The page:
For all of the talk about pitching being an equalizer in baseball, it largely proved to live up to the statement in the Series. Twins pitcher Jack Morris limited the Braves to two runs and five hits over seven innings while Greg Gagne hit a three-run homer to win the first game for Minnesota 5-2. Game 2 was more of a pitchers' duel, with Glavine limiting the Twins to four hits, though two of those were home runs, including a home run by third baseman Scott Leius in the eighth inning to win the second game 3-2. This was the first of three straight one-run ballgames, as the Braves won Game 3 in Atlanta 5-4 in 12 innings and Game 4 3-2 behind a suspenseful play at home plate where Mark Lemke avoided the tag by Brian Harper to level the series. One teams' offense managed to break out in Game 5, and it turned out to be Atlanta's, winning 14-5 behind 5 RBIs by Justice and two run-scoring triples by Lemke (a feat only accomplished five times prior in World Series history). So, moving back to Minnesota with a 3-2 Series lead, the Braves had to feel comfortable in winning one of those, albeit in chaotic surroundings with their pitching staff.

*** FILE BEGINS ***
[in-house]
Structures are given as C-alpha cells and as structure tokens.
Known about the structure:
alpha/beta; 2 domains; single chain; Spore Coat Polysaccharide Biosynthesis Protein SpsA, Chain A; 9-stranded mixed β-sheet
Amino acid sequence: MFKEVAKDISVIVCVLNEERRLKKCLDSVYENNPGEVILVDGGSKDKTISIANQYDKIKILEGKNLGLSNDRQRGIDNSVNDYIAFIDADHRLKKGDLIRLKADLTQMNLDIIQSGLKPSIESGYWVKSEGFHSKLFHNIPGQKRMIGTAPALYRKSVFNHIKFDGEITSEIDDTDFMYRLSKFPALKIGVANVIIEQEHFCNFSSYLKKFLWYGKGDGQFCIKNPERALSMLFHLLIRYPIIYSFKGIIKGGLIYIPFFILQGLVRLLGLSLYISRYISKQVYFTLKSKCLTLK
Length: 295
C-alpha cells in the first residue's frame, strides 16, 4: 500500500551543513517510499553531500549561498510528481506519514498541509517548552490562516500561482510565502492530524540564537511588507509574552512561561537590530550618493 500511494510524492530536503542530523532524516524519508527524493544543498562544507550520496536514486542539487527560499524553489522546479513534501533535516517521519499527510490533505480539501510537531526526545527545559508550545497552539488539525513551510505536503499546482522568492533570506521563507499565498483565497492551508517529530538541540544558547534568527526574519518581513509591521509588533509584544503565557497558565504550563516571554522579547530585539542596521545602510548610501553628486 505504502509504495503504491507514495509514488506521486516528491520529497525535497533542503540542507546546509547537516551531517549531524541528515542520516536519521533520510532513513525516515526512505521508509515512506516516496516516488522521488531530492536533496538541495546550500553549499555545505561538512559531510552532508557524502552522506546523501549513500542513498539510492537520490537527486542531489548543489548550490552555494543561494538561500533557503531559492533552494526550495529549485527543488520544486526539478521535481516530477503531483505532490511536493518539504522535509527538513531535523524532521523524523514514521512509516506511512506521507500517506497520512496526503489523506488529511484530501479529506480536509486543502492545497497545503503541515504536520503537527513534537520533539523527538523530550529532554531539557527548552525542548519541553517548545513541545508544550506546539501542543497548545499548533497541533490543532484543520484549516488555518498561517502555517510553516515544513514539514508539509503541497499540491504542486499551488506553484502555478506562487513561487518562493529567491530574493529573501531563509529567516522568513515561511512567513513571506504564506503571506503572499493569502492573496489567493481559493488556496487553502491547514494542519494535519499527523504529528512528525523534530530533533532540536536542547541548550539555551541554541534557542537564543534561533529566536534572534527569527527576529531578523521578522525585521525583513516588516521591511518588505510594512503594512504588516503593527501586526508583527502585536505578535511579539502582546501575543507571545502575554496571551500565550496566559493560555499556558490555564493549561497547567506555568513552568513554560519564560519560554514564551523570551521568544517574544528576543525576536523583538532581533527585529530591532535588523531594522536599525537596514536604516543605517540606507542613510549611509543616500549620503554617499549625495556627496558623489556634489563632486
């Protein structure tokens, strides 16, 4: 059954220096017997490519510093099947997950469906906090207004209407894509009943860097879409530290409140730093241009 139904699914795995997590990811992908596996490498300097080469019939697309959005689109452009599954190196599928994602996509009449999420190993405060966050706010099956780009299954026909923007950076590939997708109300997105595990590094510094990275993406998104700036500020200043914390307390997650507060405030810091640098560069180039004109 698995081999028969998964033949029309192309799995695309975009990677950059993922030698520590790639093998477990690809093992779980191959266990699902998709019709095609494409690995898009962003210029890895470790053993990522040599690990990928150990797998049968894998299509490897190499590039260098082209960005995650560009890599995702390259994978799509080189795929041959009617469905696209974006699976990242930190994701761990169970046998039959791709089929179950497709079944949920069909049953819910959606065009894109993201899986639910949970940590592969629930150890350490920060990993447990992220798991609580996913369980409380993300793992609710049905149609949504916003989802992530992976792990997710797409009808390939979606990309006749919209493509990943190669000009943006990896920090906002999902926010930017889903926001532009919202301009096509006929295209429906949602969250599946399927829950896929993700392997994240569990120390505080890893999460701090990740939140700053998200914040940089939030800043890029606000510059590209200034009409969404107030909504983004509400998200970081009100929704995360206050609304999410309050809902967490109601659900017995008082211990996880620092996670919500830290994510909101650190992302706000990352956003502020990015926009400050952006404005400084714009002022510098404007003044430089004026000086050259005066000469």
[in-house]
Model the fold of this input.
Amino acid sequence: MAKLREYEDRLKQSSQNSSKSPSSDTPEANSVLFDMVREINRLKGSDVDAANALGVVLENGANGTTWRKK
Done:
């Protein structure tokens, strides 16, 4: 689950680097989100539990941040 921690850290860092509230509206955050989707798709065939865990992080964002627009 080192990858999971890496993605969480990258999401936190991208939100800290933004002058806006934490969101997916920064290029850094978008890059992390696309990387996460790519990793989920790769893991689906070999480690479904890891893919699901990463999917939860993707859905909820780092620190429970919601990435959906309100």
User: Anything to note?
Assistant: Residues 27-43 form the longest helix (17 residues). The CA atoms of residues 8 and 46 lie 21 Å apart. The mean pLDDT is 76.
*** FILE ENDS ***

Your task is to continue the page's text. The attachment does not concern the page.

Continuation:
Game 6 started quickly, with the Twins putting up two runs in the first inning and holding the lead before Pendleton hit a homer with a man on base to equalize in the fifth. The tie was short-lived as Puckett hit a sacrifice fly to bring in Dan Gladden in the bottom half of the fifth to take a 3-2 lead, which was safe until the seventh inning when Gant beat out a ground ball which brought in Lemke and tied the game. It would remain this way until the 11th inning when Puckett hit a home run off Charlie Leibrandt (a starter pitching in reserve duty) to level the series. In Game 7, Smoltz and Morris shut out their opponents, and in the eighth the Braves threatened to take the lead, but outfielder Lonnie Smith held up at third base on a hit and run where he certainly would have scored with ease. It would appear that Smith fell for a decoy made by a Twins fielder indicating the ball was coming into the infield quicker than expected (Smith has denied he fell for it), and Smith would eventually be stranded on base with the game still tied. It would remain so until the tenth inning, where Gladden's leadoff double (the result of legging out a base hit) eventually led to a sacrifice fly by Larkin to bring him home for a 1-0 win and the second World Series win in five years for the Twins.